President Uhuru Kenyatta replaced ministers for transport and infrastructure, agriculture, energy and petroleum, and lands and labour, who vacated office in March to allow for the investigation on graft allegations that implicates them. The former Planning and Devolution Minister Anne Waiguru resigned on Saturday citing health reasons after she was accused of corruption.
Kenyatta said an objective of the reshuffle is to ensure the accountability of public officials in the discharge of their mandate. Kenyatta’s nearly 3-year-old regime has come under heavy criticism for inaction against graft which American Ambassador to Kenya Robert Godec earlier this month described as a crisis.
Kenyatta declared corruption a national security threat Monday and presented a raft of measures to fight the graft that is endemic in East Africa’s largest economy.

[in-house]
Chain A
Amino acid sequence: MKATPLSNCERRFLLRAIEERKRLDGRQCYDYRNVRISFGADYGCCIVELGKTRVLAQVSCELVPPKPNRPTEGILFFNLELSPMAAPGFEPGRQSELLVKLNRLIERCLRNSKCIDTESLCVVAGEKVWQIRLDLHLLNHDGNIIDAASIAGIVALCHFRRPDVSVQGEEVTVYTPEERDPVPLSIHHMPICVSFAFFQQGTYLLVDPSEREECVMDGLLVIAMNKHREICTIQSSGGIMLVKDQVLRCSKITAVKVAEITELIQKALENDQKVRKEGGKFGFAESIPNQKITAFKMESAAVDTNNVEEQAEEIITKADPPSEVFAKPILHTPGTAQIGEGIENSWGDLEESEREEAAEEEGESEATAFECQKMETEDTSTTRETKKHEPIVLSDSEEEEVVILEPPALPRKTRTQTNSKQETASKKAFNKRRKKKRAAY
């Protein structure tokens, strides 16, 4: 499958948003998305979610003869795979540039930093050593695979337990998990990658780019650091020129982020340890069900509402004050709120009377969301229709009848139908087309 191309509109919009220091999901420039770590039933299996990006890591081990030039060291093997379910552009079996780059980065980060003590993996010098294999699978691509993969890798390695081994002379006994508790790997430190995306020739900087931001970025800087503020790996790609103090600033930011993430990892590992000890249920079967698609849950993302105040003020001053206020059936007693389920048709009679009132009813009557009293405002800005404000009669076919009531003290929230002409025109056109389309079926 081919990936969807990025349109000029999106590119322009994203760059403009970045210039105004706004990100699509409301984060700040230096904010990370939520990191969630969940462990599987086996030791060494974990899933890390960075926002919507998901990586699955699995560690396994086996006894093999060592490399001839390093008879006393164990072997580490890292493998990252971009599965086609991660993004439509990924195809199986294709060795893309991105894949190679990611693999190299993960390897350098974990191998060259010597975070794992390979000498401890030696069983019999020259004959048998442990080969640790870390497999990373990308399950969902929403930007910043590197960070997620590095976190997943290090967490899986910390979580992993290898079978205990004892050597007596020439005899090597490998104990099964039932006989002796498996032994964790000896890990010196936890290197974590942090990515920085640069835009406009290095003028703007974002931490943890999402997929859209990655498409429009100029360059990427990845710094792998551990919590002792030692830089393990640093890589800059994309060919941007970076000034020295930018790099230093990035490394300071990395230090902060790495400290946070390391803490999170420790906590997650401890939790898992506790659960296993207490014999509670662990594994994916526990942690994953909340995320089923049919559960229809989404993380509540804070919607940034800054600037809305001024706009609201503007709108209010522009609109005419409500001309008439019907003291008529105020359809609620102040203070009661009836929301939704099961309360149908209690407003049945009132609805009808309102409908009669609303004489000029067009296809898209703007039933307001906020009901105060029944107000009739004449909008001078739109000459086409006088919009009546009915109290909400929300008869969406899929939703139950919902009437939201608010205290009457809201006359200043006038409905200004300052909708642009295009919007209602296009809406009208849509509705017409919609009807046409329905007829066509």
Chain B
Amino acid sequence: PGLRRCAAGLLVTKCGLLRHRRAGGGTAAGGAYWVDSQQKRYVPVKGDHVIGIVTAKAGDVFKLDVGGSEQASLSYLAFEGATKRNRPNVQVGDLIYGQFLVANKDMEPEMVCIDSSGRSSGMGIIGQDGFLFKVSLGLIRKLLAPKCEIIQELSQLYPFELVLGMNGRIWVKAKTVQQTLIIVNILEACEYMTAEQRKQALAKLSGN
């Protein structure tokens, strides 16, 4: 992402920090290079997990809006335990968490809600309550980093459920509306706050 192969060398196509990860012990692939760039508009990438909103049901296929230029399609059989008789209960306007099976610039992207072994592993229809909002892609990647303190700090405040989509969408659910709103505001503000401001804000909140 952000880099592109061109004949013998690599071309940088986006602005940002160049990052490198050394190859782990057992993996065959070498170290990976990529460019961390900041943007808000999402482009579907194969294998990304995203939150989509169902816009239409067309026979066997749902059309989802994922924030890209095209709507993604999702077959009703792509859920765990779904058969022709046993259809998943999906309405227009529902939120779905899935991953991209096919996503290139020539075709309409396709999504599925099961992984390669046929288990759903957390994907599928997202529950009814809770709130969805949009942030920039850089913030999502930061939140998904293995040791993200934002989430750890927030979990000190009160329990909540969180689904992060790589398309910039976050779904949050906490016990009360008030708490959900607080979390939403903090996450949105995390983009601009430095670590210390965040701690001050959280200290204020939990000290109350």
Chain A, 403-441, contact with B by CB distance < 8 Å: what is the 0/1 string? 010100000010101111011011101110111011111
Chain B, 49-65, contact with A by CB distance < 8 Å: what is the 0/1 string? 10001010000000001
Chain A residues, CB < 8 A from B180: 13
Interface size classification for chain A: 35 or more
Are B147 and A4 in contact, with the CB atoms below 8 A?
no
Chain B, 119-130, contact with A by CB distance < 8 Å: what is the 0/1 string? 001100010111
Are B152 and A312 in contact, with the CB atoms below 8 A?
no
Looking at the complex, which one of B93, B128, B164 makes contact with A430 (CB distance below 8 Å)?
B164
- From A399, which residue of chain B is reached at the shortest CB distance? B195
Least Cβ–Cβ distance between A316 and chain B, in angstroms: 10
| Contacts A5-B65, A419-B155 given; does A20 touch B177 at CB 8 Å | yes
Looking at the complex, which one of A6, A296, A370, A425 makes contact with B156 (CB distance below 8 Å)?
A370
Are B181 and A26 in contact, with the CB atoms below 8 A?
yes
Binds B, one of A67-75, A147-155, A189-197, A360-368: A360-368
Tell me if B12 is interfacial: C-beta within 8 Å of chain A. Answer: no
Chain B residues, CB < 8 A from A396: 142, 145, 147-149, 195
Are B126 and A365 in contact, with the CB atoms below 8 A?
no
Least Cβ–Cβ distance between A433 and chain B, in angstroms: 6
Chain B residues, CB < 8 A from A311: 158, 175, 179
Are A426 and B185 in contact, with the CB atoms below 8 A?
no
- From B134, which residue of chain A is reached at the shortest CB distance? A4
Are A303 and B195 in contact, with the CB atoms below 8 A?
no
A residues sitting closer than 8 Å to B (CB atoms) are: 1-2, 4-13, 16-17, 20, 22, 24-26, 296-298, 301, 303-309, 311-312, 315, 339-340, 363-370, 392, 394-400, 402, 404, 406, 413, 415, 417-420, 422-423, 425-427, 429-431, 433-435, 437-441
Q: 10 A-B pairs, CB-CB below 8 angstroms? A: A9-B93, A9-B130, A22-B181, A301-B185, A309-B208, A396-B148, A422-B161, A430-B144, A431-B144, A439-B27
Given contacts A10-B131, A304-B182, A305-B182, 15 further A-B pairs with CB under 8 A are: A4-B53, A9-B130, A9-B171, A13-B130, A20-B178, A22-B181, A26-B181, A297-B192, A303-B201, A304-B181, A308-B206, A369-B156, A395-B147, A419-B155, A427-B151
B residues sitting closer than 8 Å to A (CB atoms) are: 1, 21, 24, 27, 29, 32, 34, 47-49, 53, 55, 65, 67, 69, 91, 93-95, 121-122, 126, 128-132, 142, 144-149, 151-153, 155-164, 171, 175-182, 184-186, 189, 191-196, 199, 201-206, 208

The president’s announcement was received with scepticism by analysts. John Githongo, a former Kenyan government adviser who exposed millions of dollars in government corruption in the previous regime, said Kenyatta’s credibility in taking action against corruption is very low. Githongo said he does not expect anything will change following the president’s announcement.
Kenya ranked a low 145 out of 174 countries in the Transparency International 2014 index of how common graft is perceived to be among citizens of various countries.